Golf Improvement Comes Through Awareness

            The golf world is advancing at an alarming rate. Instruction is now done with video and launch monitors. Golf club technology is far superior to models of the past, and golf fitness has become a thing ever since Tiger Woods started bullying golf courses with 300+ yard drives. It is no question that these advancements help, but why do golfers still have such a difficulty improving? From experience I have heard all sorts of answers. Some folks say that they started golf to late in life, while others complain that they don’t have the time to practice. Some practice all the time with no luck. Some fight nerves, while others blame it all on a swing flaw. Whether I am coaching an accomplished tournament golfer, or an average player who plays for fun, they all wish to improve in some fashion.

Accomplished players know that they must keep improving, and find that edge that pushes them past their competition. Average golfers wish to improve simply to make the game more enjoyable. Both types of player achieve greater success when they understand themselves better and become more self-aware.

Becoming a better player takes effort. It involves proper practice, guided through lessons, equipment that fits you, proper fitness, mental preparation, and of course, talent. However, until golfers develop self-awareness, the path to improvement may prove to be a difficult one. Golfers will be able to better manage themselves if:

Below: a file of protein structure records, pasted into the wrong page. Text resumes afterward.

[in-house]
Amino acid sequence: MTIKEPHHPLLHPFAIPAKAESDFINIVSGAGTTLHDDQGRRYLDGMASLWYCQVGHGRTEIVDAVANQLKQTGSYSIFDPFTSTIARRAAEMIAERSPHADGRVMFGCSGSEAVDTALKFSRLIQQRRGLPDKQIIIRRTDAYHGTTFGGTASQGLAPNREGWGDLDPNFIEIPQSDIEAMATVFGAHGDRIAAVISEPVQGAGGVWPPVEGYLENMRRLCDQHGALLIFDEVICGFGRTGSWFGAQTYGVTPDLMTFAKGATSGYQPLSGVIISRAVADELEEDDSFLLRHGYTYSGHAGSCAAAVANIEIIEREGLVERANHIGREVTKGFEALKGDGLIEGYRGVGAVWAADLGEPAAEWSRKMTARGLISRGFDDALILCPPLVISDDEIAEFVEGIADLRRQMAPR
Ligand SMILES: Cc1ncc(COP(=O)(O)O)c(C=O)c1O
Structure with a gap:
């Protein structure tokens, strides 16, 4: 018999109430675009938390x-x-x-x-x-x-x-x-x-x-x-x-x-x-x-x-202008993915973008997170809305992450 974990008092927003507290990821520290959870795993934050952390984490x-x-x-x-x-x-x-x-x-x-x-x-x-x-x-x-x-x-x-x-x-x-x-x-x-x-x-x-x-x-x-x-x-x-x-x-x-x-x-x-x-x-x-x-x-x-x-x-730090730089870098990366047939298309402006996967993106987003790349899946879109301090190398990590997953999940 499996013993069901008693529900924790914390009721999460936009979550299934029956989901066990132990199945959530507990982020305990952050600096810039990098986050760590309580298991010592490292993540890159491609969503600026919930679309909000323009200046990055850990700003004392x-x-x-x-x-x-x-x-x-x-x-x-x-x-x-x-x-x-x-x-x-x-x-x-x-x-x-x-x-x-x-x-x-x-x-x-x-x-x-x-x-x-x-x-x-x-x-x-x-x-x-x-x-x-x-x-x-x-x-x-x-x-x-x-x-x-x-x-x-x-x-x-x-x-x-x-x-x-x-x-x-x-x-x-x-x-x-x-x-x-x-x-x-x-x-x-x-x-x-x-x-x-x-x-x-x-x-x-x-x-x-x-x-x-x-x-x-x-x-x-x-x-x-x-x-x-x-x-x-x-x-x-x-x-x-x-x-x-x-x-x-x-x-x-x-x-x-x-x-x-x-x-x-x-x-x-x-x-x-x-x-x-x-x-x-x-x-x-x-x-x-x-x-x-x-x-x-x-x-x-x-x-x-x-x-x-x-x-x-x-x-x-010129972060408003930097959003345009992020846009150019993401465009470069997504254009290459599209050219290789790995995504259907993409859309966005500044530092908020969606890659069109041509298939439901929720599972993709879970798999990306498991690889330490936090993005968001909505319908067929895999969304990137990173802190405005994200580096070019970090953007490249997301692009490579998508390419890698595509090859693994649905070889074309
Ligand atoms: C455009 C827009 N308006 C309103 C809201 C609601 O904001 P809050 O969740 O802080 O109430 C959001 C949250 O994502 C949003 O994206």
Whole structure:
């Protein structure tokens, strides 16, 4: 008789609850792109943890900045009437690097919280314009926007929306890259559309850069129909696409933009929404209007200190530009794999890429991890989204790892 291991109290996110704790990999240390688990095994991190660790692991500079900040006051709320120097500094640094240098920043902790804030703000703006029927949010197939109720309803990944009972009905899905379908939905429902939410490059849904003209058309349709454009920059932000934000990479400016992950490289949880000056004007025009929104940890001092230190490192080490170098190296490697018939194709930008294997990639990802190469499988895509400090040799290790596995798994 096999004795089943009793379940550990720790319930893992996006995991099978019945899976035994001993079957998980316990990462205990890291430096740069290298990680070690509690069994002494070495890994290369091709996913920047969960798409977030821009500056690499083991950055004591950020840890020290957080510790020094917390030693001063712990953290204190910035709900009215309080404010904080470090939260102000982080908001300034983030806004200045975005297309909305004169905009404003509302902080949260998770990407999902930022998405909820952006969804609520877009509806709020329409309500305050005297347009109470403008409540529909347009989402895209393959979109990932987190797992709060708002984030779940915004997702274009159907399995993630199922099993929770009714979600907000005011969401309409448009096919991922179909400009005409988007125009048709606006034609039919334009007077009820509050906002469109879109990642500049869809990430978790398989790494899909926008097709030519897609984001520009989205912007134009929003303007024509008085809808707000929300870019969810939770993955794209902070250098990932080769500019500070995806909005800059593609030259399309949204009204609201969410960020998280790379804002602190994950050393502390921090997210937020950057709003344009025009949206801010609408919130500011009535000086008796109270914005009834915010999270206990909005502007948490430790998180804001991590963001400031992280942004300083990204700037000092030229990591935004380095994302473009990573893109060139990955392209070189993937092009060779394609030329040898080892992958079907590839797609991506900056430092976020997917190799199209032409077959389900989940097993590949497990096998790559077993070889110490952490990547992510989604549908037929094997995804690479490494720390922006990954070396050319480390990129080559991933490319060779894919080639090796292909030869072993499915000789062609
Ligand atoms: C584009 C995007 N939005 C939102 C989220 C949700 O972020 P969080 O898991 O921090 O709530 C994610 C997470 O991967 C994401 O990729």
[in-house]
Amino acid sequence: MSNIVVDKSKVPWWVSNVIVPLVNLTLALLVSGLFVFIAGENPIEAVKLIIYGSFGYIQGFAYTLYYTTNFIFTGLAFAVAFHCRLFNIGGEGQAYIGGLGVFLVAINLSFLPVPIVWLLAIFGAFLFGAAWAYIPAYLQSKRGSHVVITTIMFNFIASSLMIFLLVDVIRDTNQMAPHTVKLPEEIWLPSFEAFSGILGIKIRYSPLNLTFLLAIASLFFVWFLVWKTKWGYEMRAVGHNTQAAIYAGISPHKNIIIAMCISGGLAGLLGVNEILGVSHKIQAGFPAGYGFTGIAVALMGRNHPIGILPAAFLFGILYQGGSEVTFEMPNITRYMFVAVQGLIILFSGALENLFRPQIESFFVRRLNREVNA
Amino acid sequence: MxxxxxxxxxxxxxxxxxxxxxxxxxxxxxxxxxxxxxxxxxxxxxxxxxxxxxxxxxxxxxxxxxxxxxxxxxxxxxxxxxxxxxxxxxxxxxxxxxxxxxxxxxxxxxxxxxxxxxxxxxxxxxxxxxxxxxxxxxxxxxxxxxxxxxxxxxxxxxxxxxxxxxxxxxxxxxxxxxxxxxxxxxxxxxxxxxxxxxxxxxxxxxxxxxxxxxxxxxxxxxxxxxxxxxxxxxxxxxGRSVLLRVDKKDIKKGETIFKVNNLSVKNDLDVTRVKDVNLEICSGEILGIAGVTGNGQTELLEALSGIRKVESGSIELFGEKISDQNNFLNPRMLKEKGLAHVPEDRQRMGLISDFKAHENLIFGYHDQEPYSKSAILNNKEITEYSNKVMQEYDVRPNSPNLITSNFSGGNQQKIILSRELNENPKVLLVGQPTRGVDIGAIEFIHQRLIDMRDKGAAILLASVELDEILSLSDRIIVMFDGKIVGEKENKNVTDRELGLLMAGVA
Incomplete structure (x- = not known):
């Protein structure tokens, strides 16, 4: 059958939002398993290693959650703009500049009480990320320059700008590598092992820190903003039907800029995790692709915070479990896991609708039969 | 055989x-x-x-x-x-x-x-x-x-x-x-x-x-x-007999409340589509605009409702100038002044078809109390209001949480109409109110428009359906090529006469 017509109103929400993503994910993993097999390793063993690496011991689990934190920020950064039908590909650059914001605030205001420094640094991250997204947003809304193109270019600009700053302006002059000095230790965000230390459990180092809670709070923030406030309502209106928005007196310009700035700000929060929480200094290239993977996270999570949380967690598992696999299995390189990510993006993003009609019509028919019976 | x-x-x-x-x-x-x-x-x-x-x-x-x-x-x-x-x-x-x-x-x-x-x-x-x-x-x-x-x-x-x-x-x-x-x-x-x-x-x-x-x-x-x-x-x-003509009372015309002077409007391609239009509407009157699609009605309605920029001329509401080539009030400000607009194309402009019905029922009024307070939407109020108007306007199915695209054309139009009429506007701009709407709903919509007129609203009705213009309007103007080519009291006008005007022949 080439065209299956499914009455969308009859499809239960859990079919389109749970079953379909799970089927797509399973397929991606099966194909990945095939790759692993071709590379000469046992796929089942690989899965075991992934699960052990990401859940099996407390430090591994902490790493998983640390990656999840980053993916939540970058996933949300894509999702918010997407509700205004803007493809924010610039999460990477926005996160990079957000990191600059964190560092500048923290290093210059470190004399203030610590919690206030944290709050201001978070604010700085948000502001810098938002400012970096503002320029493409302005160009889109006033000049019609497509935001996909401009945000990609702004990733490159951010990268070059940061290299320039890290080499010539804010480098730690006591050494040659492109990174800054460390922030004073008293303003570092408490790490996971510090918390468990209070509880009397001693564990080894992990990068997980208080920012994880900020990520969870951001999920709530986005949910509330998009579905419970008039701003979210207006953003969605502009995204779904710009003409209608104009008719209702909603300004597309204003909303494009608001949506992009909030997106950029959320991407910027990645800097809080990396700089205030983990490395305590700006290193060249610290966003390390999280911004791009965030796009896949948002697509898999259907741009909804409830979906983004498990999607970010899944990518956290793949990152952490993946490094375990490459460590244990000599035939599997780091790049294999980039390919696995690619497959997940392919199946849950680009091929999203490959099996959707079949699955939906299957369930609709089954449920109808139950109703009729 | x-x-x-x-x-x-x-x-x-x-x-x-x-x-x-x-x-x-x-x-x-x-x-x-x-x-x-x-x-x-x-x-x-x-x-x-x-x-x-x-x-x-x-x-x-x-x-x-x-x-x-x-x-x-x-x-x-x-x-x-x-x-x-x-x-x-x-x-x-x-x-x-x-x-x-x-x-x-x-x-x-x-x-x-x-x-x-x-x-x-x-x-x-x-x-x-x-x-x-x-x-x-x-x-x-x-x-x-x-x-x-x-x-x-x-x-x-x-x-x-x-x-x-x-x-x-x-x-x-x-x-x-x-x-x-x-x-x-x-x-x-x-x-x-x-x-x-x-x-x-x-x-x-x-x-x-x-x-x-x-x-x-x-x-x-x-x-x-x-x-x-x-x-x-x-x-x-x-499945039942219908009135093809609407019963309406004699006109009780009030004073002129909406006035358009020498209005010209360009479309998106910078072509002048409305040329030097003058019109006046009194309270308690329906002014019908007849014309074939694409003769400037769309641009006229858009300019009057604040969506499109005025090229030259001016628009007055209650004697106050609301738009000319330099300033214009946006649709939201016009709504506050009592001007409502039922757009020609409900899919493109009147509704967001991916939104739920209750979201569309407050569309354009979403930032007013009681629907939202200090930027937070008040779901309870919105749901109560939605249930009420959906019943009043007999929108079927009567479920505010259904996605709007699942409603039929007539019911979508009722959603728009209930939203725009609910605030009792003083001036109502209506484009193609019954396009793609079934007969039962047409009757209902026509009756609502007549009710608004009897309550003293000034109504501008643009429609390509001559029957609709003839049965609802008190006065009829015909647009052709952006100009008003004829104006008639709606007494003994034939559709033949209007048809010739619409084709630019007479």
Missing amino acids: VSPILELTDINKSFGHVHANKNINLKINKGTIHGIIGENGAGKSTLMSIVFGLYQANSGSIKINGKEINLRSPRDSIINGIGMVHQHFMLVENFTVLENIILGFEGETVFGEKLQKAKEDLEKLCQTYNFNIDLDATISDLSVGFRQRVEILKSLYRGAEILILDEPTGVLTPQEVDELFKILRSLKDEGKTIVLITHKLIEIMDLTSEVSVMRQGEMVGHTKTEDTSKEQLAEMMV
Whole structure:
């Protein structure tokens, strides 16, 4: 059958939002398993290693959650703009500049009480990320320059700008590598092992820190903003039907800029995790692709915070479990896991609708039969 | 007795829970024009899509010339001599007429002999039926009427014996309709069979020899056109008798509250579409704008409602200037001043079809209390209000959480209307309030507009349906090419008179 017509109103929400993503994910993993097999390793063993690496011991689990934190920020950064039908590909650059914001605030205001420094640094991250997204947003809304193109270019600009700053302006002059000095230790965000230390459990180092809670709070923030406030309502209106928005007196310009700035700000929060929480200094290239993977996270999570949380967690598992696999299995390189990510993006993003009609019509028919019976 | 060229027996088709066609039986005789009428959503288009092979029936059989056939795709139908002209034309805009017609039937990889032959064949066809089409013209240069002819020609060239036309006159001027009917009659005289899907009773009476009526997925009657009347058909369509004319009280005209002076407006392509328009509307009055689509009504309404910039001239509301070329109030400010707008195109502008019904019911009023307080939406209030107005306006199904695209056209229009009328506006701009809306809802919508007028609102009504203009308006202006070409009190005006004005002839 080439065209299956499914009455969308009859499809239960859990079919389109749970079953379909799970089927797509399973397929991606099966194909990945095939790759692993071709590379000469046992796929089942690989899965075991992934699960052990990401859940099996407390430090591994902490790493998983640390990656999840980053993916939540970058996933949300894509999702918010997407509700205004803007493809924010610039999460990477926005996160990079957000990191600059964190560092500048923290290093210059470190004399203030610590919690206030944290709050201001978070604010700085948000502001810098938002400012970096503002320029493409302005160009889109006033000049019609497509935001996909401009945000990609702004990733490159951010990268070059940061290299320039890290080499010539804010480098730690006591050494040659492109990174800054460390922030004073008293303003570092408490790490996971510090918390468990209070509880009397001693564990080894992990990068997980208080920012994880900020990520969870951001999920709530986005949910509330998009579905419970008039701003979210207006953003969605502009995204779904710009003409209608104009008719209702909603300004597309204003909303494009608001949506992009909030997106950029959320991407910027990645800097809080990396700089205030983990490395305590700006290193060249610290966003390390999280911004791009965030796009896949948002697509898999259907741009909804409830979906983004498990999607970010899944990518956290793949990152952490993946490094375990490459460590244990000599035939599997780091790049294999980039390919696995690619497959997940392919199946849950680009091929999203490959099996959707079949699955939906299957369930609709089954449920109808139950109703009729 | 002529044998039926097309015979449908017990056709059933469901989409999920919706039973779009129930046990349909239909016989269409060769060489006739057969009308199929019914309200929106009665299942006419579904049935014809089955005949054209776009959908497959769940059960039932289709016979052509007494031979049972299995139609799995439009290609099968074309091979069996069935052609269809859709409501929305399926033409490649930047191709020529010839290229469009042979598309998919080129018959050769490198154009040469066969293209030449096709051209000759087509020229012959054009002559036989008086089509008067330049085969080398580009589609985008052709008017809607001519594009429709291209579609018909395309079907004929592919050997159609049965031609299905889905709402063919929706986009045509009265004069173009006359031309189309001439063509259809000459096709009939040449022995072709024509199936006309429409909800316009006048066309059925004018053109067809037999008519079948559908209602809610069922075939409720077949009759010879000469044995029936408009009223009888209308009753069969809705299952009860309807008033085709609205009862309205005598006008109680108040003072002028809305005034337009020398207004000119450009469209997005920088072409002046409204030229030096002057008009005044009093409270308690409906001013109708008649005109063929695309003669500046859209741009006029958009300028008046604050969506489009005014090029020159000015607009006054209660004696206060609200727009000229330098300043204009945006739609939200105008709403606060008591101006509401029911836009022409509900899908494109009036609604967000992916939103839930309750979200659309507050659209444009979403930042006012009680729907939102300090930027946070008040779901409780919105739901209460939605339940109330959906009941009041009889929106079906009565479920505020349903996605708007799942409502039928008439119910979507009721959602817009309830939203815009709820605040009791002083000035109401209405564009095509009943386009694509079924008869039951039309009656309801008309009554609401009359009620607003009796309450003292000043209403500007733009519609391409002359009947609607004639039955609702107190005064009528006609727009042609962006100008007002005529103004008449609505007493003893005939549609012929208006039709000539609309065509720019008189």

1. They understand how and why they make decisions
  2. They understand how they react under pressure
  3. Why things like slow play or no warm up may bother them
  4. How their own perspective affects everything, I/E how they react emotionally after each shot.

Through working with golfers at all levels I have realized that once golfers learn why things happen on and off the golf course, the ability to improve dramatically increases. Simple trial and error stops, and the learning curve is shortened. Lessons then become more effective and improvement comes much quicker. All golfers have strengths and weaknesses, but learning how to manage the strengths and account for the weaknesses is key. Learning one’s comfort area is crucial so they can learn to expand it. Great players are comfortable being uncomfortable.

Golf self-assessment tools are not hard to find. It is usually as easy as contacting a local PGA Professional, as most are equipped with some type of “Assessment Evaluation.” This is usually the best option, as many professionals become certified to conduct such evaluations. Some evaluations can even be done online through V1 mobile app technology. Another option I’ve found is www.golfscrimmages.com, which provides an easy self-assessment tool for golfers to use and understand without, or before seeking professional assistance. Regardless of the avenue, learning about yourself will only help in your quest to improve as a golfer.